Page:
Administrative Tribunal


Gone are the days when state was only a lassie-faire police state. Gone are the day when the traditional function of the state was restricted to defense, collection of revenue, maintenance of law and order and administration of justice. Now state has become more progressive and socialistic. It has become a welfare state which in addition to its traditional functions, also seeks to eliminate poverty and exploitation, promote literacy, provide employment, manufacture and distribute essential commodities, protect human rights, conserve the environment and undertake a host of other welfare activities for the good of its citizens.

Moreover, the modern government forced to employ a large work to carry out diverse activities. According to the traditional theory of separation of powers, the function adjudication of disputes belongs exclusively to the judiciary. However, with advent of ‘welfare state’ the function of state has increased manifold. In a progressive democratic state, issues relating to the socio-economic and commercial activities of the state are bound to arise. The courts are extensively over-burdened, have their own shortcoming and limitation when tackling such issues. This has led to the establishment of Tribunals-or Administrative tribunals as they are often referred for settling specific kinds of disputes.

Tribunal is a quasi-judicial institution that is set up to deal with administrative or tax-related disputes. It performs functions like adjudicating disputes, determining rights between contesting parties, making an administrative decision and reviewing any administrative decision and so forth.


Tribunal plays an important role and tribunals are increasing since it has been recognized in Indian Constitution itself. Article 136 of the constitution empowers the Supreme court to hear special leave petitions filed against an order or decision, inter alia, of a tribunal.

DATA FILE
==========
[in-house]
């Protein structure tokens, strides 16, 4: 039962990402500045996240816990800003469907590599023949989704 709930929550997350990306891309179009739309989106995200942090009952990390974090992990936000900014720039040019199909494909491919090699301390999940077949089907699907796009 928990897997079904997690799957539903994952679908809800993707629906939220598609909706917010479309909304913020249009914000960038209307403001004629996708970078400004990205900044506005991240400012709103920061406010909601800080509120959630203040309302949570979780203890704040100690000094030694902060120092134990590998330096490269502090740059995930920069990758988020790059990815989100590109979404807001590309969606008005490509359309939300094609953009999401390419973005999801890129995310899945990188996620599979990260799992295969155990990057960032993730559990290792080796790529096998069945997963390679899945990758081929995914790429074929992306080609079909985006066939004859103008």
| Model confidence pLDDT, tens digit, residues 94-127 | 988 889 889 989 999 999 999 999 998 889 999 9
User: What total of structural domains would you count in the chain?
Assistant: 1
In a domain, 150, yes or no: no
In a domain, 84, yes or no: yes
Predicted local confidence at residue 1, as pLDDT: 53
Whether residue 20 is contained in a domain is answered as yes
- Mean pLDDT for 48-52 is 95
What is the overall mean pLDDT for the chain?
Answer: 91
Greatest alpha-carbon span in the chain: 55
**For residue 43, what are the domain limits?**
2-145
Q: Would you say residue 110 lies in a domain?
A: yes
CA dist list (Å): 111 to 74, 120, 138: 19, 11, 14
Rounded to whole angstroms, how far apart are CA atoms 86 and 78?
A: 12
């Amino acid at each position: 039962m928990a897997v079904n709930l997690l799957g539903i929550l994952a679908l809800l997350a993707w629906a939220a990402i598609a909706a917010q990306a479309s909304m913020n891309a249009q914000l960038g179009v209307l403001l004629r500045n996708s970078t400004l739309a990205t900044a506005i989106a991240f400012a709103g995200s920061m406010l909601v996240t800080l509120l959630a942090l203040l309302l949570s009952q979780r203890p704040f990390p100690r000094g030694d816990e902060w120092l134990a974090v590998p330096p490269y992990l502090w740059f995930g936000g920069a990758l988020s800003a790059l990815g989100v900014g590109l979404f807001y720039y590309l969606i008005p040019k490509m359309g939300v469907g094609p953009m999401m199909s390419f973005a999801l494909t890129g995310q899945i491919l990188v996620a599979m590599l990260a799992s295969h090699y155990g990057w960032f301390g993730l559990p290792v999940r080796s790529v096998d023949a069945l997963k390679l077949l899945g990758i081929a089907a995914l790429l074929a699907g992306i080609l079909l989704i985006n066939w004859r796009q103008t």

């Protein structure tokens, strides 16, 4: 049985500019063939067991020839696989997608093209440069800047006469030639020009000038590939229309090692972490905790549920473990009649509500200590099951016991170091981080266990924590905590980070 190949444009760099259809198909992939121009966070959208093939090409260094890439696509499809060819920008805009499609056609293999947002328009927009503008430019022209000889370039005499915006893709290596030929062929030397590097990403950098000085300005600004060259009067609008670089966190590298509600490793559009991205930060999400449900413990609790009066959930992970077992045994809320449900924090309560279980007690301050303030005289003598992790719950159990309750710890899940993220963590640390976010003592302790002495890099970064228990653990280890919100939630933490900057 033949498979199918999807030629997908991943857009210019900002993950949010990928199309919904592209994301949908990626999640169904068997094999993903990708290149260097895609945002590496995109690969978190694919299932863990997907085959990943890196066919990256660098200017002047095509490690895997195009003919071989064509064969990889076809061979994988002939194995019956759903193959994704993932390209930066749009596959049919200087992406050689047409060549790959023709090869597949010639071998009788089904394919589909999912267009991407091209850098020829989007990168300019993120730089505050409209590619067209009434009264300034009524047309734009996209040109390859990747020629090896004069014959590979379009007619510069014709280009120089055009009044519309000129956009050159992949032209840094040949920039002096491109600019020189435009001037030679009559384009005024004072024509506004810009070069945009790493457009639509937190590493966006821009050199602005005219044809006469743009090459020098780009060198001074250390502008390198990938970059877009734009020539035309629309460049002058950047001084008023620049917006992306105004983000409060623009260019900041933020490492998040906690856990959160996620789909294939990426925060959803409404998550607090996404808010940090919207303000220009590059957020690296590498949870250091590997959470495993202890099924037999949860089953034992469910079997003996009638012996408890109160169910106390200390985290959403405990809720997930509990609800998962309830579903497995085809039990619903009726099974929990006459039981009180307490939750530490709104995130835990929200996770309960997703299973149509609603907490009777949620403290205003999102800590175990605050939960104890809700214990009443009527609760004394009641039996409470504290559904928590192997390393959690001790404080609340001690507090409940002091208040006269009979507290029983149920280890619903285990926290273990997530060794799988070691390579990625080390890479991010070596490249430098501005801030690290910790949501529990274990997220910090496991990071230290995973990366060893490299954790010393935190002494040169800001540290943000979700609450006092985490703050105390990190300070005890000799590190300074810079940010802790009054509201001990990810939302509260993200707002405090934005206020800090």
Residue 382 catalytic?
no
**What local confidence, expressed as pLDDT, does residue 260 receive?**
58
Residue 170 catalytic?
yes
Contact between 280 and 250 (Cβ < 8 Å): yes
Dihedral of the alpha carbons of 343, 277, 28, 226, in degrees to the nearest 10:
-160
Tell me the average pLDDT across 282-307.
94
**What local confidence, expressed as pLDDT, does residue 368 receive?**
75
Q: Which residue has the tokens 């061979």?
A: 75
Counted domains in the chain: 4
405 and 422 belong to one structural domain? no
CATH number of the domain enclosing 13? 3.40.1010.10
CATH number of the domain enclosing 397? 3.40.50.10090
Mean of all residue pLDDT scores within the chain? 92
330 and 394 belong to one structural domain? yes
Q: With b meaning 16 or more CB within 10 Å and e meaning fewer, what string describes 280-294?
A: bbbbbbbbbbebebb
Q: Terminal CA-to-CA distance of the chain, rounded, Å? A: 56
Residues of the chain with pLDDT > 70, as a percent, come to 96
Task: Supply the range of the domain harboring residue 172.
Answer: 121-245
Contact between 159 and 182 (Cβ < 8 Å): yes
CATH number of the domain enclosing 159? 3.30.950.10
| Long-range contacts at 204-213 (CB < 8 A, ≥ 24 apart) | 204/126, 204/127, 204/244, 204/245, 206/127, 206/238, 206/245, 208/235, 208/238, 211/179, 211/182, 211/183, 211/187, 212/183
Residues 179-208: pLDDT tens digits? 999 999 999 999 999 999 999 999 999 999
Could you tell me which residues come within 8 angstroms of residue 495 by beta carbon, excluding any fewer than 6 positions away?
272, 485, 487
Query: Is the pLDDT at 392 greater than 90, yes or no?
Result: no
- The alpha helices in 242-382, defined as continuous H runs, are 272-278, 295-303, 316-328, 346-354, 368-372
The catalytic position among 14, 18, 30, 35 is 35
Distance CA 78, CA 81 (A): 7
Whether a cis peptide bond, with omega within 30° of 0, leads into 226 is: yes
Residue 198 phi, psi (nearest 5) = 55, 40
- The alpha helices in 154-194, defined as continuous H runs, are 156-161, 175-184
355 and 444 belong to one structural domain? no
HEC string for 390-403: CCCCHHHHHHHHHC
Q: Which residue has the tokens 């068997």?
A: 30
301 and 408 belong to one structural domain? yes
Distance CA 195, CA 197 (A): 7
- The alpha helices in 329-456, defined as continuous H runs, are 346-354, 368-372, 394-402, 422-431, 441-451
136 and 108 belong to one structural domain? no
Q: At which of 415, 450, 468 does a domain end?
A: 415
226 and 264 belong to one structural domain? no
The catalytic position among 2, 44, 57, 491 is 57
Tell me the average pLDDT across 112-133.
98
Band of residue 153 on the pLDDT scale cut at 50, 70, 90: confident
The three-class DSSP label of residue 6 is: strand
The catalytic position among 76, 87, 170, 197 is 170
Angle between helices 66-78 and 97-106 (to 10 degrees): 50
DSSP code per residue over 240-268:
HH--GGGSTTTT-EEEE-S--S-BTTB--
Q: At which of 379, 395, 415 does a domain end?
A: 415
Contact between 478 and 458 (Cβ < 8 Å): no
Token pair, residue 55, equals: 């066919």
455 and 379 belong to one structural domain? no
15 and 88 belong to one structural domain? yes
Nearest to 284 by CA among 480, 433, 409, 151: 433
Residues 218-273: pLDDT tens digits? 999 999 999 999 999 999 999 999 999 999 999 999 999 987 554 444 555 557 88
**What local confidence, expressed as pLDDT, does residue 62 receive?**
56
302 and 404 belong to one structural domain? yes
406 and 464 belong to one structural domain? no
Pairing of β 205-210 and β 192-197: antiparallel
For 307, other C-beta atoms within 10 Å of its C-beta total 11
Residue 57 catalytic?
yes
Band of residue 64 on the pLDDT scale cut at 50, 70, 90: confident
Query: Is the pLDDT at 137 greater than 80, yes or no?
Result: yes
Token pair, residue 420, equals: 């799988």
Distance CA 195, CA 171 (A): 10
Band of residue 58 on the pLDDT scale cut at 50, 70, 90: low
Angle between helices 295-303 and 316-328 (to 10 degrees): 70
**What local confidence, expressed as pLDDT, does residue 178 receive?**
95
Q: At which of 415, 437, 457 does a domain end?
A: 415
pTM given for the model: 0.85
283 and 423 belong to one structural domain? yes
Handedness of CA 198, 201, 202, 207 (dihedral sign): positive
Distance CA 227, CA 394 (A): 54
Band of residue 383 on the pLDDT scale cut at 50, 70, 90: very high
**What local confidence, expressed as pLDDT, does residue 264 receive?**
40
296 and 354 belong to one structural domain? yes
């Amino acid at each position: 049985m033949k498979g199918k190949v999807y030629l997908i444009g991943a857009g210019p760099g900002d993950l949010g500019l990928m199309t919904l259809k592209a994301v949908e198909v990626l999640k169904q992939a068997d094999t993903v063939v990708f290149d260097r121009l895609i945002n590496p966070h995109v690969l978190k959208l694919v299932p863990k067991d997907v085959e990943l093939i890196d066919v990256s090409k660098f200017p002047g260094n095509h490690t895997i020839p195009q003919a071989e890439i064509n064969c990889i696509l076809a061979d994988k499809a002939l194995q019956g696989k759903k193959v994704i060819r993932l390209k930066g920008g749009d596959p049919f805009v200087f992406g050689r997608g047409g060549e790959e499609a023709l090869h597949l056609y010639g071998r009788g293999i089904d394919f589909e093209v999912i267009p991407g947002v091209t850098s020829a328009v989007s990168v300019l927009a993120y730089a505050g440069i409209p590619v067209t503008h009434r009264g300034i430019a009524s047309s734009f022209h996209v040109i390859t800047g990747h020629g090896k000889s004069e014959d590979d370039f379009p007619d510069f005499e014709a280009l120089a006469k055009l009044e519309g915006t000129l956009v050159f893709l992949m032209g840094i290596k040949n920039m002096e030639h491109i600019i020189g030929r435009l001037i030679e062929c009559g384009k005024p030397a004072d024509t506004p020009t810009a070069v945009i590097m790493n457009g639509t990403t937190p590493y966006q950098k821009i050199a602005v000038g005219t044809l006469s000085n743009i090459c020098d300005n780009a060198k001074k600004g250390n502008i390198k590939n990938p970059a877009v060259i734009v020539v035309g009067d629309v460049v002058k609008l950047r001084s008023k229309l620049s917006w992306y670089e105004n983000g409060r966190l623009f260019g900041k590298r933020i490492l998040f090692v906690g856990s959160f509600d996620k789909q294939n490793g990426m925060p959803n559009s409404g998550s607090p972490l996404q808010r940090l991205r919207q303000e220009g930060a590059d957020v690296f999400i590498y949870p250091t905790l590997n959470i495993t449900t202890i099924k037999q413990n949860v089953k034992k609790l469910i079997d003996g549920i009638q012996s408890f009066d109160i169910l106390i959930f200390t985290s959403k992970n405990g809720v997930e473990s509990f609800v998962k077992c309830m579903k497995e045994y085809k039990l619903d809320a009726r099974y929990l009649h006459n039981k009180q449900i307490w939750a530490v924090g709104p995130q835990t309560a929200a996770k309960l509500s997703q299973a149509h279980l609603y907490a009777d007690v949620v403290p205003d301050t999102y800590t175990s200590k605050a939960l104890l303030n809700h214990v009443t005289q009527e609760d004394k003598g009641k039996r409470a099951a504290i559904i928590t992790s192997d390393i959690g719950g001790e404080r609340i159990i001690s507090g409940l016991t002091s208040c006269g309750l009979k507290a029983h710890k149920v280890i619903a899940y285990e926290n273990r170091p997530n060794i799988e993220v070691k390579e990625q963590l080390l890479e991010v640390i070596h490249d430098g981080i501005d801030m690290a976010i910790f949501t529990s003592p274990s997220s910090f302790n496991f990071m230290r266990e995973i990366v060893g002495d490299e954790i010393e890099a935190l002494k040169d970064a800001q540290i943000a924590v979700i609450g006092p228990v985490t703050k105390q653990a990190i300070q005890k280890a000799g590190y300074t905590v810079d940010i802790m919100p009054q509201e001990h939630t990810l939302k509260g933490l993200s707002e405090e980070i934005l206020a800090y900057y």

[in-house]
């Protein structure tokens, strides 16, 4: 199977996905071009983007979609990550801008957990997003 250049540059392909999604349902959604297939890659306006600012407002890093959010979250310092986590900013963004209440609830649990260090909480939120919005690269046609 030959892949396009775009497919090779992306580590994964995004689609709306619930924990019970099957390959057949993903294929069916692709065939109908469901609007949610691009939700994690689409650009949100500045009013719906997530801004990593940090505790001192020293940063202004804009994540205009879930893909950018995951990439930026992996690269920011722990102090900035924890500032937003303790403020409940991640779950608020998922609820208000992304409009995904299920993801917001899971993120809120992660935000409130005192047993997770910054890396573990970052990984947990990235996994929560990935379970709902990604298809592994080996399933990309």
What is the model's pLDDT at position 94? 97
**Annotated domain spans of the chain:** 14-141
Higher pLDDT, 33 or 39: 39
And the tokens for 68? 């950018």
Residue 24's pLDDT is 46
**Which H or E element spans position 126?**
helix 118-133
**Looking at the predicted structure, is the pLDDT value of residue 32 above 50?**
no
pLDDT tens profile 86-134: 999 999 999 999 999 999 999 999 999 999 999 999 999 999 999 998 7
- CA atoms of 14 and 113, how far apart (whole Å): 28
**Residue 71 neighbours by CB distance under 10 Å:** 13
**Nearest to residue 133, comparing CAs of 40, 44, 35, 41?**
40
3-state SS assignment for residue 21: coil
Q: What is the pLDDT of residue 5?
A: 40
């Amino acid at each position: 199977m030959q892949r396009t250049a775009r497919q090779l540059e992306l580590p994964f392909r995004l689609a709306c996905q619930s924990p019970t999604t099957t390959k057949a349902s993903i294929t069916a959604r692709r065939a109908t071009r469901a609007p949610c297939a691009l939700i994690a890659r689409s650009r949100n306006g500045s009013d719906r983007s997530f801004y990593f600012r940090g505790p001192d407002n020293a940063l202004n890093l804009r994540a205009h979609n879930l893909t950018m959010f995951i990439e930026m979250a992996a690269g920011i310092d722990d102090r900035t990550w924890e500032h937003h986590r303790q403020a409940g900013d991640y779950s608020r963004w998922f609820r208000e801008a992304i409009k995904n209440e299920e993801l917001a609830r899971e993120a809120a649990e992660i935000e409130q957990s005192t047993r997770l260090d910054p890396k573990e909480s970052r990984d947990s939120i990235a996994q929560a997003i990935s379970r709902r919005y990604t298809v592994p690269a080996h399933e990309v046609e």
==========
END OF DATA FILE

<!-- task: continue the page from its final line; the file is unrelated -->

Tribunals were not the part of Indian Constitution it was incorporated in the constitution by 42nd Amendment,1976 in which two new articles inserted Article 323-A and 323-B.

  • Article 323-A── provides for the establishment of Administrative tribunals by the Parliament law for the adjudication or trial of disputes and complaints relating to the recruitment and conditions of service of government servant under the Central Government and the State Government including the employee of local or any other authority within the territory of India or of a corporation owned or controlled by the government.
  • Under Article 323-B, The Parliament and the state legislatures are authorized to provide for the establishment of tribunals for the adjudication of disputes relating to the following matters:
  1. Taxation
  2. Land reforms
  3. Ceiling on urban property
  4. Industrial and labor disputes
  5. Foreign exchange and export
  6. Rent and tenancy issues
  7. Elections disputes of member of parliament or the State legislatures

Again, in Article 277 confers on the High court the power of superintendence inter alia, over all the tribunals.


The enactment of Administrative Tribunals Act in 1985 opened a new chapter in the area of administering justice to the aggrieved government. It owes it origin to Article 323-A of the Indian constitution. The administrative Tribunal Act, 1985 provides 3 types of Tribunals:

  • The Central Government establishes an Administrative tribunal called the Central Administrative Tribunal(CAT)
  • The Central government may, upon receipt of request in this behalf from any State Government, establish an administrative tribunal for such state employees.
  • Two or more state can enter into an agreement for same Administrative tribunal for each state participating in the agreement and after approval by the central government such tribunal shall be known as Joint Administrative Tribunal(JAT).
  1. Central Administrative tribunal [1]

The Central Administrative Tribunal(CAT) has been established under article 323-A of the Indian Constitution and has jurisdiction to deal with service matters pertaining to be the Central Government employees or of any Union Territory, or local or other authorities under the control of the Government of India. Thus, it deals with the service disputes between the Central Government and it servants.

  • The CAT was set-up on 1 November, 1985.